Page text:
THE POSTPONED GENERATION; Why America's Grown-Up Kids Are Growing Up Later. By Susan Littwin. Morrow. 252 pp. 16.95.
SUSAN LITTWIN'S subject is that generation of young Americans, most of them in their twenties, who are middle-class, college-educated, privileged beyond the imagination of any previous generation -- and almost totally unequipped to face the realities of adult life in a society and economy that have changed significantly since their expectations were formed. They are, in effect, the children of the '60s; many of them were born in that tumultuous, disruptive decade, and they were raised in an atmosphere that combined "a consumer culture that worshipped youth" with an alternative culture that assumed "a right to self-fulfillment, choice, power, even the right to transcend ordinary life." By and large they are decent people, more comfortable with a genuinely egalitarian society than any previous generation; but they also believe, as their parents and teachers encouraged them to, that they are "special," that as a matter of entitlement they are owed not merely a living but a rich, fulfilling and rewarding one.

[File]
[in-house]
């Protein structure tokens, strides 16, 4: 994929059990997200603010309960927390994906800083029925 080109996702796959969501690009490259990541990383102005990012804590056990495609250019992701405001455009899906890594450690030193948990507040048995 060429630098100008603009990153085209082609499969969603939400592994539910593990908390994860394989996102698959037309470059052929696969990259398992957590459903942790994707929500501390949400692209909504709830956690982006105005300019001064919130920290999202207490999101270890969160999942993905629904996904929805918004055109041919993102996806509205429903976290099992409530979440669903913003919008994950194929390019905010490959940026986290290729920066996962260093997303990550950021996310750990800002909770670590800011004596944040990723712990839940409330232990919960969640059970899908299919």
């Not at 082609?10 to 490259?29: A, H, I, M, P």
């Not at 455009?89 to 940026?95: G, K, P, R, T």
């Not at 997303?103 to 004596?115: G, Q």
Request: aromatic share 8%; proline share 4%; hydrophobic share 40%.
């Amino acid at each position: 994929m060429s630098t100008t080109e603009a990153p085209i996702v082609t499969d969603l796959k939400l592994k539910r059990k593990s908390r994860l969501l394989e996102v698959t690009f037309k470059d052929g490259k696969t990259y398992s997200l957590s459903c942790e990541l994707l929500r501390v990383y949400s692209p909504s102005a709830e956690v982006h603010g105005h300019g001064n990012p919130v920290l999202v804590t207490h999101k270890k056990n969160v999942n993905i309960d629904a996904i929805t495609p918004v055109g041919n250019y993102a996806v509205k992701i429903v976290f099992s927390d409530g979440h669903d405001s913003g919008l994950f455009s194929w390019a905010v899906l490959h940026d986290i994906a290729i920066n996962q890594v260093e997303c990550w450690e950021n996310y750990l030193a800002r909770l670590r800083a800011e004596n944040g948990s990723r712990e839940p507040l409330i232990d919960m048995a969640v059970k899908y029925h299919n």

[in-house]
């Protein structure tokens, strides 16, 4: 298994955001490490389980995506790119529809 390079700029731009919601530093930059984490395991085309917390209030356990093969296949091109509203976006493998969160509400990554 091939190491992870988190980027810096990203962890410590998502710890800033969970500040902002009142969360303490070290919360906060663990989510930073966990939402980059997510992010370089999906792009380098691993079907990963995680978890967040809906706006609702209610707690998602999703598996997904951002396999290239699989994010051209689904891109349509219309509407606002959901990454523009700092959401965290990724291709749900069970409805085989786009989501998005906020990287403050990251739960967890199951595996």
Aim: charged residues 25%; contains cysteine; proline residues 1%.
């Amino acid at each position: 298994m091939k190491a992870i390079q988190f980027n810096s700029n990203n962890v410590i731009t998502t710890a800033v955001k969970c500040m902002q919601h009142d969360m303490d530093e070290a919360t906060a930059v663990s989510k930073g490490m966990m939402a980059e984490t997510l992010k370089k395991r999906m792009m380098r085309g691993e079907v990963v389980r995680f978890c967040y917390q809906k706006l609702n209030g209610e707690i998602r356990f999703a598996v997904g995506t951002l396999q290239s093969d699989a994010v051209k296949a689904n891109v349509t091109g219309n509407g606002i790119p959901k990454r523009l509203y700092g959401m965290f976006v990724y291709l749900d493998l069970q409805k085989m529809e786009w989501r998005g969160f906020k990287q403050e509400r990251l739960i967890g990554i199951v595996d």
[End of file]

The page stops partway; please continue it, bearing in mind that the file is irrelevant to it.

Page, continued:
It is a formula for disaster, especially in the '80s, in which reality is "very different and much more unpleasant" than it was in the '60s. People who as children were raised to believe that the world was going to be delivered to them in a handbasket -- "They taught us to be happy," one says. "To grow. A career doesn't matter" -- are now discovering as young adults that the real world is something else altogether. It is a place where there are twice as many college graduates as college-level jobs; where college-educated women are entering the job market rather than keeping house; where job opportunities are ample for engineers and computer specialists but in short supply for liberal-arts majors, "who expected that society would value them just as much as their teachers did."